UIMF members discuss mountain targets with Ambassador Polyanskiy

Afterward, Ambassador  Polyanskiy met with members of UIMF, where I was privileged to moderate a discussion about how UIMF successfully uses UVU’s student engaged learning model to advocate at the UN level for the empowerment of mountain women and girls worldwide. My colleagues Viktoriia Bahrii, Hannah Bieker, Megan Davis, Samuel Elzinga, and William Gum-Causey, along with Dr. Baktybek Abdrisaev, UIMF mentor, spoke on our advocacy efforts during events like the 2018 High-Level Political Forum on sustainable development and the 63rd Session of the UN Commission on the Status of Women this past March. We also described how UIMF builds partnerships with local, regional, national, and international organizations and groups, such as Rotary International, United Nations Association of the United States (UNA-USA)  and the Russian Academy of Natural Sciences, to further contribute to the education and gender aspects of the UN 2030 Development Agenda, and discussed with Russian diplomat  how best to work with the Permanent Mission of the Russian Federation to the UN to advocate for such issues at future UN forums on sustainable development. Present also during this meeting was Dr. Lynn England, Director of UVU Peace and Justice Studies, and students preparing for a study abroad to Russia and Kyrgyzstan, who received advice from Ambassador Polyanskiy on their coming study abroad.

Both during Ambassador Polyanskiy’s presentation and the subsequent meeting, UIMF members and I were grateful to meet and hear from Ambassador Polyanskiy, in particular to learn about his and the Russian Federation’s perspective regarding current international politics issues, as well how civil society organizations such as UIMF can most effectively advocate for mountain women and girls at all levels. The advice give by Russian diplomat  was well-taken and helped us personally to think of ways to better advance UIMF’s mission regarding advocacy of mountain women and girls.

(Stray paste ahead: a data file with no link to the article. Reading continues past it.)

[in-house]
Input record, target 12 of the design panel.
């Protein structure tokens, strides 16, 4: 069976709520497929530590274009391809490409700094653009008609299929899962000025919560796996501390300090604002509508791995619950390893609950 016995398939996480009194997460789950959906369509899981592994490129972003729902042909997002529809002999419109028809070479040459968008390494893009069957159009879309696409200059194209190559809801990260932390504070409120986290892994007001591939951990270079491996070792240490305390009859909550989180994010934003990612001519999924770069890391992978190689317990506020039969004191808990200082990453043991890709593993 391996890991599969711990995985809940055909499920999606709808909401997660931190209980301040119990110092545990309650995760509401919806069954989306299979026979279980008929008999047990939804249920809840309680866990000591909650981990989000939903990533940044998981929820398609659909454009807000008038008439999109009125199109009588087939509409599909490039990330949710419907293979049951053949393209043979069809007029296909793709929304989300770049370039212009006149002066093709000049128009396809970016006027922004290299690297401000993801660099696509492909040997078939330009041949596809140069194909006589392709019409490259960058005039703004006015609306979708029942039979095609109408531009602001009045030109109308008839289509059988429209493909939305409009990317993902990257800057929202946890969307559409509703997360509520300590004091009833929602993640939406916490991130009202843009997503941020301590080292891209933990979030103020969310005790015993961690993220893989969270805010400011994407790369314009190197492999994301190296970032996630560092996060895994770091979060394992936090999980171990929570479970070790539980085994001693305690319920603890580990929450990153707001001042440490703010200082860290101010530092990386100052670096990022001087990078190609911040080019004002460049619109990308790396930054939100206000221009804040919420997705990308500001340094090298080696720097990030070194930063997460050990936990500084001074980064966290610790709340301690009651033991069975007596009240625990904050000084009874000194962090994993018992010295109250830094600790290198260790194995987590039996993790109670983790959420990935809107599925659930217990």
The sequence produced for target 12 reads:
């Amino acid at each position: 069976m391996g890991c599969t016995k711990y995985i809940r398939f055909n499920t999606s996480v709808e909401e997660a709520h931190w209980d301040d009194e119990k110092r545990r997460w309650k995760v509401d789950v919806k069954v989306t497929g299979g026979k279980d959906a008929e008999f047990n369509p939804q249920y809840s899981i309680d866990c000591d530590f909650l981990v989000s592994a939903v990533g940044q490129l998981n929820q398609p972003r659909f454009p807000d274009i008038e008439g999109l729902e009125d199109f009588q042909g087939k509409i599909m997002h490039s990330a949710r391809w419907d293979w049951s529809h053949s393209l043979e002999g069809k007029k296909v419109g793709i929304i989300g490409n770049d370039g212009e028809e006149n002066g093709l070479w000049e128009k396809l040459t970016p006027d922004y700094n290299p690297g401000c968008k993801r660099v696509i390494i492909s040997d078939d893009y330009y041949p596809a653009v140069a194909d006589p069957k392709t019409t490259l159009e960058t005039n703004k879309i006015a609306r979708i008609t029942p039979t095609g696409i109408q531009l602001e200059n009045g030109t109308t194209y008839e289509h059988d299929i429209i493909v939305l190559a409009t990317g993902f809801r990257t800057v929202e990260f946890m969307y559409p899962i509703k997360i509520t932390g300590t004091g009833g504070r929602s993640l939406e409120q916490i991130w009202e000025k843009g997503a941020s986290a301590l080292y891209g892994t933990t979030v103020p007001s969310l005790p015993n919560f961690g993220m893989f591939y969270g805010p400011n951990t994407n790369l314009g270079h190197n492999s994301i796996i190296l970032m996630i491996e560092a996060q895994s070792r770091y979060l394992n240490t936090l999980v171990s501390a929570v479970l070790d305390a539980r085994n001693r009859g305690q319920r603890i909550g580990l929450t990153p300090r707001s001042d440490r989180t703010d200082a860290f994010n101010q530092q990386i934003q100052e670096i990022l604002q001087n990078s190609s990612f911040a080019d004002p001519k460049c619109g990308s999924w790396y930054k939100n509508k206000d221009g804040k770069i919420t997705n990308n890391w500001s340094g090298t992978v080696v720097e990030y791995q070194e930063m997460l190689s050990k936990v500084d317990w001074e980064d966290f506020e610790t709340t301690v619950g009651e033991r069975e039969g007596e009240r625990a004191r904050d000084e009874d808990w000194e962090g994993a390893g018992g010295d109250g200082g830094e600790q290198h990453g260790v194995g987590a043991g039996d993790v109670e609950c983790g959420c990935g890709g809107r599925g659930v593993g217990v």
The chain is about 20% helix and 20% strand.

Group photo of UIMF members after the meeting with Ambassador Polyanskiy 

Ambassador Polyanskiy’s visit to UVU was made possible thanks to the UVU’s Office of Global Engagement, including Dr. Baldomero Lago, UVU CIO/Vice-Rector of Global Engagement, and Ms. Amy Barnett, Coordinator of Global Engagement at UVU. The visit of Ambassador Polyanskiy continues the UVU tradition of bringing high-level diplomats and officials from United Nations to UVU to discuss and interact with student groups, like UIMF, aspects of the UN 2030 Development agenda and to highlight how UIMF contributes to UVU efforts to promote sustainable development. The visit was also an opportunity to inform Ambassador Polyanskiy about UVU preparations for the upcoming UN Civil Society Conference in Salt Lake City, Utah, on August 26-28, 2019.

Michael Hinatsu, UIMF Vice President

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STUDENT REFLECTIVE ESSAYS

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Joseph Lloyd-Russian Ambassador Dmitry Polyanskiy Speaks to UVU Students and Faculty

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Sam Elzinga-Russian DPR Visits UVU, Discusses SDGs with Students

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William Casey-Gum-Deputy Permanent Representative of Russia, Ambassador Polyanskiy lectured at UVU

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Megan Davis-SEL with Mr. Dmitry Polyanskiy, the First DPR of Russia to the U.N., during his visit to UVU Campus

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Brandon Pedler-DPR of the RF to the UN, Ambassador Polyanskiy presentation at UVU

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Leslie Sixtos-Cruz Russian Diplomacy in the Modern World

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Drew Tschirki – Deputy PR of the Russia to the UN, Ambassador Polyanskiy discusses global politics at UVU

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Victoria Bindrup-Ambassador Polyanskiy About Russian Policy Priorities

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Caleb Stowell-Ambassador Dmitry Polyanskiy about Russian Foreign Policy

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Austin Meline – Russian Diplomacy at UVU